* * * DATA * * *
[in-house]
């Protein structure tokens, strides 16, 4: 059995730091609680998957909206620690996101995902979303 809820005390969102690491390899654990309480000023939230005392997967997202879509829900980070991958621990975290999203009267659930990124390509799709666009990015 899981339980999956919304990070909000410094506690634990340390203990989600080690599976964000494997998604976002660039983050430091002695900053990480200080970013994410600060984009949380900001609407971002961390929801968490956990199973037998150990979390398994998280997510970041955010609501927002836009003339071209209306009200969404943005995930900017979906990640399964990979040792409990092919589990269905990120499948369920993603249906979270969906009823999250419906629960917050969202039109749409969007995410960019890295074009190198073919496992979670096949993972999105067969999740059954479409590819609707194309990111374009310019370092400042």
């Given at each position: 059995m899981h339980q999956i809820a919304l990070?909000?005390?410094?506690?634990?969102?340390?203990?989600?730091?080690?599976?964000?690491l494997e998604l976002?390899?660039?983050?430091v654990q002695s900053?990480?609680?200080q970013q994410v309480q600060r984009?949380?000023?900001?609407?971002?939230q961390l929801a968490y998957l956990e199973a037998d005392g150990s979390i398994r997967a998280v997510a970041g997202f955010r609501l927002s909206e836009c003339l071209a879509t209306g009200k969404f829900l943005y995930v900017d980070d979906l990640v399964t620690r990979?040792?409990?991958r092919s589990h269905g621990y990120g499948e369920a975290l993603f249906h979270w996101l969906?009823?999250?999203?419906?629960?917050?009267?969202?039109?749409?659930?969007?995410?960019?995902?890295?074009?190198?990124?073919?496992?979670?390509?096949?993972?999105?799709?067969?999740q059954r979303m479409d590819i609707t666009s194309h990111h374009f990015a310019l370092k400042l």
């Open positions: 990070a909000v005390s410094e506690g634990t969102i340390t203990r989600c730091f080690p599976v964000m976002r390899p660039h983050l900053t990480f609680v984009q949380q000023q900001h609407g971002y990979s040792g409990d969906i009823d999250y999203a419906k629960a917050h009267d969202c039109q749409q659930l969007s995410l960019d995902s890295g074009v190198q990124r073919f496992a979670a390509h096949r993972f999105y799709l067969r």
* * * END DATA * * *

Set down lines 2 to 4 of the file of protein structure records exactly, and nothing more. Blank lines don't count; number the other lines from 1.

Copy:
């Protein structure tokens, strides 16, 4: 059995730091609680998957909206620690996101995902979303 809820005390969102690491390899654990309480000023939230005392997967997202879509829900980070991958621990975290999203009267659930990124390509799709666009990015 899981339980999956919304990070909000410094506690634990340390203990989600080690599976964000494997998604976002660039983050430091002695900053990480200080970013994410600060984009949380900001609407971002961390929801968490956990199973037998150990979390398994998280997510970041955010609501927002836009003339071209209306009200969404943005995930900017979906990640399964990979040792409990092919589990269905990120499948369920993603249906979270969906009823999250419906629960917050969202039109749409969007995410960019890295074009190198073919496992979670096949993972999105067969999740059954479409590819609707194309990111374009310019370092400042």
């Given at each position: 059995m899981h339980q999956i809820a919304l990070?909000?005390?410094?506690?634990?969102?340390?203990?989600?730091?080690?599976?964000?690491l494997e998604l976002?390899?660039?983050?430091v654990q002695s900053?990480?609680?200080q970013q994410v309480q600060r984009?949380?000023?900001?609407?971002?939230q961390l929801a968490y998957l956990e199973a037998d005392g150990s979390i398994r997967a998280v997510a970041g997202f955010r609501l927002s909206e836009c003339l071209a879509t209306g009200k969404f829900l943005y995930v900017d980070d979906l990640v399964t620690r990979?040792?409990?991958r092919s589990h269905g621990y990120g499948e369920a975290l993603f249906h979270w996101l969906?009823?999250?999203?419906?629960?917050?009267?969202?039109?749409?659930?969007?995410?960019?995902?890295?074009?190198?990124?073919?496992?979670?390509?096949?993972?999105?799709?067969?999740q059954r979303m479409d590819i609707t666009s194309h990111h374009f990015a310019l370092k400042l």
């Open positions: 990070a909000v005390s410094e506690g634990t969102i340390t203990r989600c730091f080690p599976v964000m976002r390899p660039h983050l900053t990480f609680v984009q949380q000023q900001h609407g971002y990979s040792g409990d969906i009823d999250y999203a419906k629960a917050h009267d969202c039109q749409q659930l969007s995410l960019d995902s890295g074009v190198q990124r073919f496992a979670a390509h096949r993972f999105y799709l067969r």